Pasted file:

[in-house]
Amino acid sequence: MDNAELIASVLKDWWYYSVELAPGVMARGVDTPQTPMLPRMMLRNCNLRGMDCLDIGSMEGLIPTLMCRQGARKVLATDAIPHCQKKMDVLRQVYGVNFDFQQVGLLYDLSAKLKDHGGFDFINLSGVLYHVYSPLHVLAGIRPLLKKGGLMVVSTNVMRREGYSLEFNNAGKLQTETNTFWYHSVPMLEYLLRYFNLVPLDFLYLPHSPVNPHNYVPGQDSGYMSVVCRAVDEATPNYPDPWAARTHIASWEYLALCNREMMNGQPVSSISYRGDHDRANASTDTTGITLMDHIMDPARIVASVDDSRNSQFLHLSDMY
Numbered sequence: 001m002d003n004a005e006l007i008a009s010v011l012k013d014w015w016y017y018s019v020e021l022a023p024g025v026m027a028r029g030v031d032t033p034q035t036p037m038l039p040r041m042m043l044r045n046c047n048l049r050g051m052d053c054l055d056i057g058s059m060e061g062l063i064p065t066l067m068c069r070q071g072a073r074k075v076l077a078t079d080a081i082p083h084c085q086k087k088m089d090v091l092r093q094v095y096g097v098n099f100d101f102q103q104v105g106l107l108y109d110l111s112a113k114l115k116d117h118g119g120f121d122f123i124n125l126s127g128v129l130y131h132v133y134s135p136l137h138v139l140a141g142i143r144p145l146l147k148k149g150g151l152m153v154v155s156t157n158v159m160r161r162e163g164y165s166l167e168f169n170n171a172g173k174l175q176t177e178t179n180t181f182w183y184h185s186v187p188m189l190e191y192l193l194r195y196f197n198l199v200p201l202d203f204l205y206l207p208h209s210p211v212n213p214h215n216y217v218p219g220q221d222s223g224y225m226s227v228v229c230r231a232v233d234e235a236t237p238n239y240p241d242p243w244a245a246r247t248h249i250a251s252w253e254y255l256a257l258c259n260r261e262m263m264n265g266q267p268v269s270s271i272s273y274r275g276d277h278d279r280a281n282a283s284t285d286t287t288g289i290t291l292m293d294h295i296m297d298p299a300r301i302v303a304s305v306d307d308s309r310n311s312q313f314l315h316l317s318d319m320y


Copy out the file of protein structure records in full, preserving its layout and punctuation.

[in-house]
Amino acid sequence: MDNAELIASVLKDWWYYSVELAPGVMARGVDTPQTPMLPRMMLRNCNLRGMDCLDIGSMEGLIPTLMCRQGARKVLATDAIPHCQKKMDVLRQVYGVNFDFQQVGLLYDLSAKLKDHGGFDFINLSGVLYHVYSPLHVLAGIRPLLKKGGLMVVSTNVMRREGYSLEFNNAGKLQTETNTFWYHSVPMLEYLLRYFNLVPLDFLYLPHSPVNPHNYVPGQDSGYMSVVCRAVDEATPNYPDPWAARTHIASWEYLALCNREMMNGQPVSSISYRGDHDRANASTDTTGITLMDHIMDPARIVASVDDSRNSQFLHLSDMY
Numbered sequence: 001m002d003n004a005e006l007i008a009s010v011l012k013d014w015w016y017y018s019v020e021l022a023p024g025v026m027a028r029g030v031d032t033p034q035t036p037m038l039p040r041m042m043l044r045n046c047n048l049r050g051m052d053c054l055d056i057g058s059m060e061g062l063i064p065t066l067m068c069r070q071g072a073r074k075v076l077a078t079d080a081i082p083h084c085q086k087k088m089d090v091l092r093q094v095y096g097v098n099f100d101f102q103q104v105g106l107l108y109d110l111s112a113k114l115k116d117h118g119g120f121d122f123i124n125l126s127g128v129l130y131h132v133y134s135p136l137h138v139l140a141g142i143r144p145l146l147k148k149g150g151l152m153v154v155s156t157n158v159m160r161r162e163g164y165s166l167e168f169n170n171a172g173k174l175q176t177e178t179n180t181f182w183y184h185s186v187p188m189l190e191y192l193l194r195y196f197n198l199v200p201l202d203f204l205y206l207p208h209s210p211v212n213p214h215n216y217v218p219g220q221d222s223g224y225m226s227v228v229c230r231a232v233d234e235a236t237p238n239y240p241d242p243w244a245a246r247t248h249i250a251s252w253e254y255l256a257l258c259n260r261e262m263m264n265g266q267p268v269s270s271i272s273y274r275g276d277h278d279r280a281n282a283s284t285d286t287t288g289i290t291l292m293d294h295i296m297d298p299a300r301i302v303a304s305v306d307d308s309r310n311s312q313f314l315h316l317s318d319m320y